Weekday Coffee: Skepticon Edition

Weekday Coffee: Skepticon Edition November 24, 2014

I’ve spent this past weekend at Skepticon 7, and I’m still recovering (especially from the Skeptiprom dance party on Saturday night). In the meantime, here are some links I picked up from the weekend’s talks:

• My favorite talk of the convention was by Ben Blanchard, who spent a year working abroad with the Foundation Beyond Belief’s Humanist Service Corps. He dug wells in Cambodia and Ecuador, helped build latrines in Haiti, taught science to children at the Kasese Humanist Primary School in Uganda, helped women exiled to “witch camps” in Ghana, and oh yeah, almost died from malaria. His cheerful enthusiasm and eagerness to associate atheism with doing good for humanity should be an inspiration to all of us. And if that mission appeals to you, the Humanist Service Corps is accepting volunteer applications for next season from now until December 15.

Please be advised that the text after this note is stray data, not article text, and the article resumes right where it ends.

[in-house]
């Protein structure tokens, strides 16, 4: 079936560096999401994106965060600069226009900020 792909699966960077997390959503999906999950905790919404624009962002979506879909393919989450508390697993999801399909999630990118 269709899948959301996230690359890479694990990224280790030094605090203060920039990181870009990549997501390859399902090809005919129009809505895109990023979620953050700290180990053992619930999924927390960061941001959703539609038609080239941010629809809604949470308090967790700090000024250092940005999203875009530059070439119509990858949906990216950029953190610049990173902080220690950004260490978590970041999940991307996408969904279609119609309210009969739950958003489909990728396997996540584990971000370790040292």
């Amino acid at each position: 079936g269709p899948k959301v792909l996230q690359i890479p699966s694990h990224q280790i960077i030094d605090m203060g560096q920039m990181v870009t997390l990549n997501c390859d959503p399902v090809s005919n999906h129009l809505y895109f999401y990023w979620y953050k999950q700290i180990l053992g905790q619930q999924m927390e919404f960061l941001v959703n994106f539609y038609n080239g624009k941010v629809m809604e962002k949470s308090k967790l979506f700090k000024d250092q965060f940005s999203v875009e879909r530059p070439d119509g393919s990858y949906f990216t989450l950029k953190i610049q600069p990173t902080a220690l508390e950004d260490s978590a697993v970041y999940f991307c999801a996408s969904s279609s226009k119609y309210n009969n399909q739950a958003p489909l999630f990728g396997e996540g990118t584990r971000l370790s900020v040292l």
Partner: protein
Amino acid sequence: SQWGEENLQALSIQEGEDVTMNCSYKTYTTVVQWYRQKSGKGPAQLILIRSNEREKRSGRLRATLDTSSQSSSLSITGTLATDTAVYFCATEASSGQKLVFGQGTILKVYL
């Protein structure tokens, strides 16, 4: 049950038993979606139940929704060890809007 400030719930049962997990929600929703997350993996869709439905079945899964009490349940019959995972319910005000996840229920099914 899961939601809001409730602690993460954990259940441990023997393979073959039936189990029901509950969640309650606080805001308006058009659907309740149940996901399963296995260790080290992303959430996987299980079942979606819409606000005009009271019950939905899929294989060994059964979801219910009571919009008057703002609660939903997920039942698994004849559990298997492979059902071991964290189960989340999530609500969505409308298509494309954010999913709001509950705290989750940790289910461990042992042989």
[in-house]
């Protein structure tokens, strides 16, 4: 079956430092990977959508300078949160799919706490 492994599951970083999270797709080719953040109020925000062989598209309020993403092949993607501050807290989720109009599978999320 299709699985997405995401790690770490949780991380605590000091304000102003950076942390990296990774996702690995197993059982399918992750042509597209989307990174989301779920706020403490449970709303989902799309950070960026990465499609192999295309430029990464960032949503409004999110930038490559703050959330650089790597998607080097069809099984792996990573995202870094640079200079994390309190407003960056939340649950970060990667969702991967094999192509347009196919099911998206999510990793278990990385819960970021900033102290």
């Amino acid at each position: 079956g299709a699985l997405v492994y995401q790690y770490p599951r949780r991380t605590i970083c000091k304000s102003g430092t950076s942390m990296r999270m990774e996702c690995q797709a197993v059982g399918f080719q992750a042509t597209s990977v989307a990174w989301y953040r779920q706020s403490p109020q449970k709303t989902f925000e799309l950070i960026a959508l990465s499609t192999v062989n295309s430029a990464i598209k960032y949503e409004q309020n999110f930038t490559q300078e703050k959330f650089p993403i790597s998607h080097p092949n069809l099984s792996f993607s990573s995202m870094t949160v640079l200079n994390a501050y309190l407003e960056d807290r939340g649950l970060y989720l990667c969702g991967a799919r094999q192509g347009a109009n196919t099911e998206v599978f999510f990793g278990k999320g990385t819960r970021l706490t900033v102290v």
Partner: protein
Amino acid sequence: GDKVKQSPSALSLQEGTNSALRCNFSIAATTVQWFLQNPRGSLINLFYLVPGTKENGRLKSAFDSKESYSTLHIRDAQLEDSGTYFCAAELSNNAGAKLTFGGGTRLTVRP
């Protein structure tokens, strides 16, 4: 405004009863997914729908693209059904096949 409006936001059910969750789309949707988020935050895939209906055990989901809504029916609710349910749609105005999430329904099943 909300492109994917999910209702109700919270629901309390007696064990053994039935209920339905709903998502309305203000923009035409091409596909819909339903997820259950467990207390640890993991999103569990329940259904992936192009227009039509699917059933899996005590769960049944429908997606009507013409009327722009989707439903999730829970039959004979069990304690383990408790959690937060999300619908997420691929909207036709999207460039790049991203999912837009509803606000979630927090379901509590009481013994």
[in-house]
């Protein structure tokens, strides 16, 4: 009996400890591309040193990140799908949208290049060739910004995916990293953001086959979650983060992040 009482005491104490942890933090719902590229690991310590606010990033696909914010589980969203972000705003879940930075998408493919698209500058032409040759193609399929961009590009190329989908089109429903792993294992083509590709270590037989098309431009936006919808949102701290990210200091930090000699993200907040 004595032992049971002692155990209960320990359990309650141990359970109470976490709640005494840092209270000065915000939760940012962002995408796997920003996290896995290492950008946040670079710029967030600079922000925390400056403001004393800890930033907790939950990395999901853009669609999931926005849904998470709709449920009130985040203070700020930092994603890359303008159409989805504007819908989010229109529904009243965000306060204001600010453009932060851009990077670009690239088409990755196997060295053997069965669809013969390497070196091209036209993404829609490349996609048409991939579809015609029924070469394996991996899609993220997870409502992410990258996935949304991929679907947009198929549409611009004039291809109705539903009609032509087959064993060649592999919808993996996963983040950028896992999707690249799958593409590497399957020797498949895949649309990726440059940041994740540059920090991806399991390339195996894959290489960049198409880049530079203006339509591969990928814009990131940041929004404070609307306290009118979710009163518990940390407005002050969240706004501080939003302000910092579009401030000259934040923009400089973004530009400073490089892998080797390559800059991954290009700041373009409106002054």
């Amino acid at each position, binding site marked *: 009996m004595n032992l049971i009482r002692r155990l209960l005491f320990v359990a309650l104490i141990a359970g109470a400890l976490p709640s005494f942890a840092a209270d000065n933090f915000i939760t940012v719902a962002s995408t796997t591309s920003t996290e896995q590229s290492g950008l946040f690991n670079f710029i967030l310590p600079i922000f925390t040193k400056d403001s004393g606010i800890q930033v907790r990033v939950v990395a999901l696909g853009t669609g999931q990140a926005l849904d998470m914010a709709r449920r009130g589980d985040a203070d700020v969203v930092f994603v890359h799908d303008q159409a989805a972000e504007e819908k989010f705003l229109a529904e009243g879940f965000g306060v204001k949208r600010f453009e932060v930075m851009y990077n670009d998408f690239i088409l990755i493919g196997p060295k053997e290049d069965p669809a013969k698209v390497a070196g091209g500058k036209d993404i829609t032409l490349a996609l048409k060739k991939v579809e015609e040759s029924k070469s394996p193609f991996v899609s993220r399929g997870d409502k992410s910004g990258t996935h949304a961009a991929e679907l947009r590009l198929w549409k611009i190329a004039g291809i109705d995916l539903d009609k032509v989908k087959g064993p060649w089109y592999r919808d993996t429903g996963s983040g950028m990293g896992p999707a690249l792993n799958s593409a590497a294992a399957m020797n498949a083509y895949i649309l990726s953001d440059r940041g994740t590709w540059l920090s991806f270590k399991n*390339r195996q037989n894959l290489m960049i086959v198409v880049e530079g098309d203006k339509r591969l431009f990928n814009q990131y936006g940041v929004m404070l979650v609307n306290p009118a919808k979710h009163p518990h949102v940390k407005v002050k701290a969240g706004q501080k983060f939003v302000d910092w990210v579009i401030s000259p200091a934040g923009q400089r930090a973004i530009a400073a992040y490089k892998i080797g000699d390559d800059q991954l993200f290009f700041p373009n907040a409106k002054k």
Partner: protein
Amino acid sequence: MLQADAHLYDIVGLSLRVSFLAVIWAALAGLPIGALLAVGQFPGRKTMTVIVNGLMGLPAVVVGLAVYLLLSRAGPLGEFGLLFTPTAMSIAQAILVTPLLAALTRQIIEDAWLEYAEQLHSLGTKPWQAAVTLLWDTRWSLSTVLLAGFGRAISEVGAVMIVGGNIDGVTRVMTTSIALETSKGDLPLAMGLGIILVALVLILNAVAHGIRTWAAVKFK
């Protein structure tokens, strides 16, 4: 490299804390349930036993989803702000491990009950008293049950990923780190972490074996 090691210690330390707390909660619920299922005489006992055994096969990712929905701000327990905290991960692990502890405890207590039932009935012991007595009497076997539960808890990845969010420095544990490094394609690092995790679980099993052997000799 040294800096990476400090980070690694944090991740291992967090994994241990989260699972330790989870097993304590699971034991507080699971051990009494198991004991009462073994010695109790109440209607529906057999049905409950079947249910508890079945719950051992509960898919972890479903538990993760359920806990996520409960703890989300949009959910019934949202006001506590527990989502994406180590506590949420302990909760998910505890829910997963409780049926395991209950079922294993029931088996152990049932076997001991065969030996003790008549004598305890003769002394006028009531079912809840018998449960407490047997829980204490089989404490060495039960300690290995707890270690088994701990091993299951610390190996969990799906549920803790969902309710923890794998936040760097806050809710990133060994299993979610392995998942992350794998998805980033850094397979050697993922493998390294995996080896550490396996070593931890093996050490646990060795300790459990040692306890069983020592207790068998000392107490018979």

• In my 2007 review of The Secret, I mentioned a woman who decided, after being diagnosed with breast cancer, that she was going to skip medical treatment and try to cure herself through the power of wishful thinking. That woman’s name was Kim Tinkham, and until now, I hadn’t known how that story ended: she died in 2010, at the age of 53, of metastatic breast cancer.

• Apparently, channeling poorly-defined mystical energy by waving their hands in the air isn’t all that reiki masters can do. They can also project healing power into the past or the future.

• I learned that in Islam, there’s a taboo against sleeping on your stomach, supposedly because Mohammed traveled to Hell and observed that that’s how people sleep there. I don’t get it; don’t people in Hell do all kinds of stuff? Walk around? Pick things up with their hands? Should we not do any of those things either?

You can help NASA map the Moon and Mercury – yes, you – with CosmoQuest’s Planet Mappers project, where volunteers flag craters and other interesting topographical features in satellite imagery.

• Along those same lines, there’s also SciStarter, a collaborative website where citizen scientists can sign up to help the professionals carry out all kinds of research projects.

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